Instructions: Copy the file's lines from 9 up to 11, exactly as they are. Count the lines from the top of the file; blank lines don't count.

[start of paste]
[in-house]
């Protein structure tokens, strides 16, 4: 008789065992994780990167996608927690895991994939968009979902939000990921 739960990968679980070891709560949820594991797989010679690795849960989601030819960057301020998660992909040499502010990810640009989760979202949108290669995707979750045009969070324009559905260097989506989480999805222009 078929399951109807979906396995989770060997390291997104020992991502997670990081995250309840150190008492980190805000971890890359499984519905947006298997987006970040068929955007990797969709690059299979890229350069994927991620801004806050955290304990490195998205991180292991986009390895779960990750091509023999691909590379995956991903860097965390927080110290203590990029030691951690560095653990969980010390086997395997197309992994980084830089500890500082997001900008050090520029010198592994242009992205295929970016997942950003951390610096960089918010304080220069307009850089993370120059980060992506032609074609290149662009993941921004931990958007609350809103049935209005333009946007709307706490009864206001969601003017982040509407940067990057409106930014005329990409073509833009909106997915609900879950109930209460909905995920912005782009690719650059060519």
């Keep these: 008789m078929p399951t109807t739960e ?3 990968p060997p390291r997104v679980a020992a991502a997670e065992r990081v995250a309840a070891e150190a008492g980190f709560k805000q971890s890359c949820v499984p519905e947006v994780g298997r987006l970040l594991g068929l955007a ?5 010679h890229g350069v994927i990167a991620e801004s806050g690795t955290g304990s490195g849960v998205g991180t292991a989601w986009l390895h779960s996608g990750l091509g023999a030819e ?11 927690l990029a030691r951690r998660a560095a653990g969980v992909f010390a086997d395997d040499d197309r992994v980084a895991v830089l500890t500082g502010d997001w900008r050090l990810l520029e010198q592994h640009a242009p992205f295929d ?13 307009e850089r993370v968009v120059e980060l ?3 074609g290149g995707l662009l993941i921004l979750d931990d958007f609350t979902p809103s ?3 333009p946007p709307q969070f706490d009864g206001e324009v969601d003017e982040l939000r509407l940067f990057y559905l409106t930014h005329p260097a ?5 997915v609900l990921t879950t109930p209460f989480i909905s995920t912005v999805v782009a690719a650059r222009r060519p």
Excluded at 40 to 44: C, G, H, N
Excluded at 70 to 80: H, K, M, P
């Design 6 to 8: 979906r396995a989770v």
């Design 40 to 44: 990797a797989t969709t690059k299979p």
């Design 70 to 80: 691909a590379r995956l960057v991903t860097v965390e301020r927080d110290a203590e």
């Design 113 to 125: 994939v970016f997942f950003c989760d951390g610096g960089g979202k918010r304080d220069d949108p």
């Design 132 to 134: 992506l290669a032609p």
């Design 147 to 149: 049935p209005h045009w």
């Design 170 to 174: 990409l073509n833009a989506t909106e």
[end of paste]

């Design 113 to 125: 994939v970016f997942f950003c989760d951390g610096g960089g979202k918010r304080d220069d949108p």
């Design 132 to 134: 992506l290669a032609p």
């Design 147 to 149: 049935p209005h045009w």